Pat Buchanan at VDare
On our TV talk shows and op-ed pages, and in our think tanks here, there is rising alarm over events abroad. And President Obama is widely blamed for the perceived decline in worldwide respect for the United States.
Yet, still, one hears no clamor from Middle America for “Action This Day!” to alter the perception that America is in retreat.
If a single sentence could express the seeming indifference of the silent majority of Americans to what is going on abroad, it might be the simple question: “Why is this our problem?”
Moreover, the prime motivator of a half-century of sacrifice in a Cold War that cost us trillions and 90,000 dead in Korea and Vietnam—the belief we were leading the forces of light in a struggle against the forces of darkness that ruled the Sino-Soviet Empire—is gone.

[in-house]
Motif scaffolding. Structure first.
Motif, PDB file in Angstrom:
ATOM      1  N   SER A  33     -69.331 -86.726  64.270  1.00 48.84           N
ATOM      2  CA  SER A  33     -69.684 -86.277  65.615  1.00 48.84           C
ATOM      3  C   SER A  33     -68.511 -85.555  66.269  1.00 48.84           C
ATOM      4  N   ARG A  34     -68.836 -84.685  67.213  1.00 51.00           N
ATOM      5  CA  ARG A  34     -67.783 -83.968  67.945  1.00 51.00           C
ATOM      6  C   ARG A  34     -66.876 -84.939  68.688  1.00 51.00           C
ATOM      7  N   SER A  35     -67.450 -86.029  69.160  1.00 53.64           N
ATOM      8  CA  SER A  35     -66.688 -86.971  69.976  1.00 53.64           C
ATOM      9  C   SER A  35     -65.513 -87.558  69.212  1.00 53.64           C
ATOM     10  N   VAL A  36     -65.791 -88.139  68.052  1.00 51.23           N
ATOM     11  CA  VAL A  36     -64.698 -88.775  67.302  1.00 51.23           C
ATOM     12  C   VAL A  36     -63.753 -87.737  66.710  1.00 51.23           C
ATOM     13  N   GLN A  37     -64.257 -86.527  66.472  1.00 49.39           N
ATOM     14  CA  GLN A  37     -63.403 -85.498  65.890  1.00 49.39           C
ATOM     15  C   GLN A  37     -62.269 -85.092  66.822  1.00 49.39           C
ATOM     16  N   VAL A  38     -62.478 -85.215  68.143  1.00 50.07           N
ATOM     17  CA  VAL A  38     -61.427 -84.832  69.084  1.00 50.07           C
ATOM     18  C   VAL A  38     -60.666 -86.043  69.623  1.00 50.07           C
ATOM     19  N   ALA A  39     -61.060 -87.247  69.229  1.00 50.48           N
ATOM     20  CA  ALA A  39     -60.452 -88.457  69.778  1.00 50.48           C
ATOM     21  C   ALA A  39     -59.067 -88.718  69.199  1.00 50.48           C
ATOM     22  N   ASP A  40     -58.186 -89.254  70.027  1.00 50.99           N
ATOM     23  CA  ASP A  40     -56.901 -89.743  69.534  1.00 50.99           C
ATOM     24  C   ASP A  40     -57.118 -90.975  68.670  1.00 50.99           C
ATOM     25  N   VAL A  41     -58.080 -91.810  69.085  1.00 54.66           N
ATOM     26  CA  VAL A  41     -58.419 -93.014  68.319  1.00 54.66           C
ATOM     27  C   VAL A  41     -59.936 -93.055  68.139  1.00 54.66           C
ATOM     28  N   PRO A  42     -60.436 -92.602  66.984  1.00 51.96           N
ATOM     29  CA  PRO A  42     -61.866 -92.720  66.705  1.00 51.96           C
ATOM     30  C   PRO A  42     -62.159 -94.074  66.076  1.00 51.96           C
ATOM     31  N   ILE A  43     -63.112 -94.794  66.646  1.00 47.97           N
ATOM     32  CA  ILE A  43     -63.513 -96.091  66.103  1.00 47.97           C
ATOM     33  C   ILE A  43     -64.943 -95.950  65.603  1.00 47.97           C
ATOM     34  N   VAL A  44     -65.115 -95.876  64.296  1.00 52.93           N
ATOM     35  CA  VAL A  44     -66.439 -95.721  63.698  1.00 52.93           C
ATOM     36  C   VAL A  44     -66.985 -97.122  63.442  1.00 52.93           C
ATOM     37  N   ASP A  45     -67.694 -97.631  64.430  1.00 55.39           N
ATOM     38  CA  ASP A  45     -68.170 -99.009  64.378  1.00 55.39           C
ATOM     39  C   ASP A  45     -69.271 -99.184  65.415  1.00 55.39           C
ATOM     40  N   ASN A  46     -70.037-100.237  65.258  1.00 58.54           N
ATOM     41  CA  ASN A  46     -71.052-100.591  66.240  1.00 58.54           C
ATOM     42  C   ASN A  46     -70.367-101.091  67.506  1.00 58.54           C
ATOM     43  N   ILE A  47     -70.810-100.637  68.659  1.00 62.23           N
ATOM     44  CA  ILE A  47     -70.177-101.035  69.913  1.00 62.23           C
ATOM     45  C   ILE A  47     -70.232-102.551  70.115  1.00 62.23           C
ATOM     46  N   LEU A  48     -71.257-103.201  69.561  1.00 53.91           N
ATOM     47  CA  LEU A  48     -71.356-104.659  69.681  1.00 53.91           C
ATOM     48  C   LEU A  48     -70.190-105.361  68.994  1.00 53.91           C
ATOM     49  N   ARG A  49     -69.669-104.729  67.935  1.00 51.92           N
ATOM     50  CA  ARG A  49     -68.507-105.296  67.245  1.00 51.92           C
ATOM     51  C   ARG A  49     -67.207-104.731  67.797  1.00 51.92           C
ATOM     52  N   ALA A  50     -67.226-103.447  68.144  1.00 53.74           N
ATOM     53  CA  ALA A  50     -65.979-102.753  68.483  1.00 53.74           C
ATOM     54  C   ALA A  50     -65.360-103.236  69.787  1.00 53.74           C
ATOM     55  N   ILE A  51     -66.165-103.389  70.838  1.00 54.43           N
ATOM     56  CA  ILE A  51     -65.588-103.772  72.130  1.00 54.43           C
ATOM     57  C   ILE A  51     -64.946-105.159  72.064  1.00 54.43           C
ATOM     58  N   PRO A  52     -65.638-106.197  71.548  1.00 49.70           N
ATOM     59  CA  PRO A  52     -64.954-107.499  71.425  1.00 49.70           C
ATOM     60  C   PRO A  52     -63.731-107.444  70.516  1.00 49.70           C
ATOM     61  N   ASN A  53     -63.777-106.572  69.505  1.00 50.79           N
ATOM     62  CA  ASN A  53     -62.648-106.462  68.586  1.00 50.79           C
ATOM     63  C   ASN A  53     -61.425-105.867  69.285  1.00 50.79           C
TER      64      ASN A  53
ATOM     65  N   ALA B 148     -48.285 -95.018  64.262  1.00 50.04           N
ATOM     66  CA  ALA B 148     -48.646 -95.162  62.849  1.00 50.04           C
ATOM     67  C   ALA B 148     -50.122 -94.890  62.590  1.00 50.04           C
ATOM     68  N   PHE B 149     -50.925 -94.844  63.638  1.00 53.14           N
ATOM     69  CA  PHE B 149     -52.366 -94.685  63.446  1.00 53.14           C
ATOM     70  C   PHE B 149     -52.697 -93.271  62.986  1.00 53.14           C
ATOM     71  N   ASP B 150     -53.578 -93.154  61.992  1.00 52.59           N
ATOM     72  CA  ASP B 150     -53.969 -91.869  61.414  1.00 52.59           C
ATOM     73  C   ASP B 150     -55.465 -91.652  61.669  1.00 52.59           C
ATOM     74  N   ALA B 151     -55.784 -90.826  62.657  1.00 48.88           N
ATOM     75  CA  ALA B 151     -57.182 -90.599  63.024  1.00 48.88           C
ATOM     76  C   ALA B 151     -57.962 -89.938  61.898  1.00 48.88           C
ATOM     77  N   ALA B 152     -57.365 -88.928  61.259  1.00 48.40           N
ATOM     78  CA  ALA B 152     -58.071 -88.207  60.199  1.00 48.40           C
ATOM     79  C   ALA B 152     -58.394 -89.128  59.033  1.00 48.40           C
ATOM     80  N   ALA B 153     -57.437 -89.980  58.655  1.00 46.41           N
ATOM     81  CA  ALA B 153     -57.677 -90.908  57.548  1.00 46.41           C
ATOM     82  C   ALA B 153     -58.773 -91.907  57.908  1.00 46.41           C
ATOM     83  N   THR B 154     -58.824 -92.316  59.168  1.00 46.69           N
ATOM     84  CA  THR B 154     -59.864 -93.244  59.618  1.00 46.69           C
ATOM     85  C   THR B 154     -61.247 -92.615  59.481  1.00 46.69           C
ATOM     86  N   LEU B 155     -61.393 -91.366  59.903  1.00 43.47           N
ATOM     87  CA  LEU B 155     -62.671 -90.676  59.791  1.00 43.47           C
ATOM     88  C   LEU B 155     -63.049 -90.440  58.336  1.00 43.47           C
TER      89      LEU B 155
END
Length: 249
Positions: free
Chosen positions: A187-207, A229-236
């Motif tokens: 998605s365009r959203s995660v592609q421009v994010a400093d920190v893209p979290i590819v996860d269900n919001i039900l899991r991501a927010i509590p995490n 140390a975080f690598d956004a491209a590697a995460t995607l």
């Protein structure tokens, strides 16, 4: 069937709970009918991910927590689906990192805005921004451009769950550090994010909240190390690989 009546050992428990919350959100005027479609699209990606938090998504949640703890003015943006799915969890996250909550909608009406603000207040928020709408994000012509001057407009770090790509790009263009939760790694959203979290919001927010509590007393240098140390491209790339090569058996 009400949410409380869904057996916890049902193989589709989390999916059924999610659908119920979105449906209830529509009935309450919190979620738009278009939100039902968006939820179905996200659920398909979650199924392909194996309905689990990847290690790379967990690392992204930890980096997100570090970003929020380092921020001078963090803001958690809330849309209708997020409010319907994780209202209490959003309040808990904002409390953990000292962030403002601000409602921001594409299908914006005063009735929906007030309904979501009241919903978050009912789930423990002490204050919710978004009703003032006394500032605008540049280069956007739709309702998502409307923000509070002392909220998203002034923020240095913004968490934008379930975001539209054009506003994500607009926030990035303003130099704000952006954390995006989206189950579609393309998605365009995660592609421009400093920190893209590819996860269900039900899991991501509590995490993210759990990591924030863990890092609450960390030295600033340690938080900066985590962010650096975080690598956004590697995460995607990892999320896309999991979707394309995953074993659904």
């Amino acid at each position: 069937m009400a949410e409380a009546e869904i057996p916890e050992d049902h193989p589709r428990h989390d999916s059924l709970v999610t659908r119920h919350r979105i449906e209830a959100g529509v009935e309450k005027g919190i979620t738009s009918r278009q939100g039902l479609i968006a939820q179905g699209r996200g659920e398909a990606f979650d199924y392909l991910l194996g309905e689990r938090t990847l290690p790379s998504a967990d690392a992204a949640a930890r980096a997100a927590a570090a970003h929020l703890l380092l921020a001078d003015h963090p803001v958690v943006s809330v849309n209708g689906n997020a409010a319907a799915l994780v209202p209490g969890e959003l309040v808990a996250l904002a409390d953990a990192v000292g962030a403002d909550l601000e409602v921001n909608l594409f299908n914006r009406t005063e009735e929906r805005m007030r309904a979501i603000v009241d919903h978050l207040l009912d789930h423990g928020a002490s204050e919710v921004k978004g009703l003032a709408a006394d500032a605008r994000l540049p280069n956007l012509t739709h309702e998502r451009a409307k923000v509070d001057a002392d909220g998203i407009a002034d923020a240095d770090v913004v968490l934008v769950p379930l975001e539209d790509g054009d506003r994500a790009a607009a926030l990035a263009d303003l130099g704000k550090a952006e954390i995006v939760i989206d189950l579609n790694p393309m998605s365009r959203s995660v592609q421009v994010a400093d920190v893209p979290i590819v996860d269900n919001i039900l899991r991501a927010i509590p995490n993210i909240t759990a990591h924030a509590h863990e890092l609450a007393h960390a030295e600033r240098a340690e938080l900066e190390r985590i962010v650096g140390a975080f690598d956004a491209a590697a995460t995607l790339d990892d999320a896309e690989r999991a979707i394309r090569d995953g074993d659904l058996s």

The great ideological struggle of the 20th century between totalitarianism and freedom, communism and capitalism, militant atheism and Christianity is over.
[And we may have lost.-Roger]
Bush I spoke of building a “New World Order.” The phrase is now an epithet. George W. Bush declared America’s mission to be “ending tyranny in our world.” The new deity to which America seemed to want to convert mankind was the golden calf of democracy.
But when democracy—one man, one vote—produced Hamas in Palestine and the Muslim Brotherhood in Cairo, second thoughts and sudden apostasies began.
The call of tribe and nation appears more compelling. And the Western gospel that all religions, races, nations, and tribes are equal and should be treated equally, while paid lip service, is disbelieved.
Turkey’s Prime Minister Recep Tayyip Erdogan has called democracy a bus you get off of when it reaches your stop. His stop was a moderate Islamist state that conformed to his own and his party’s principles.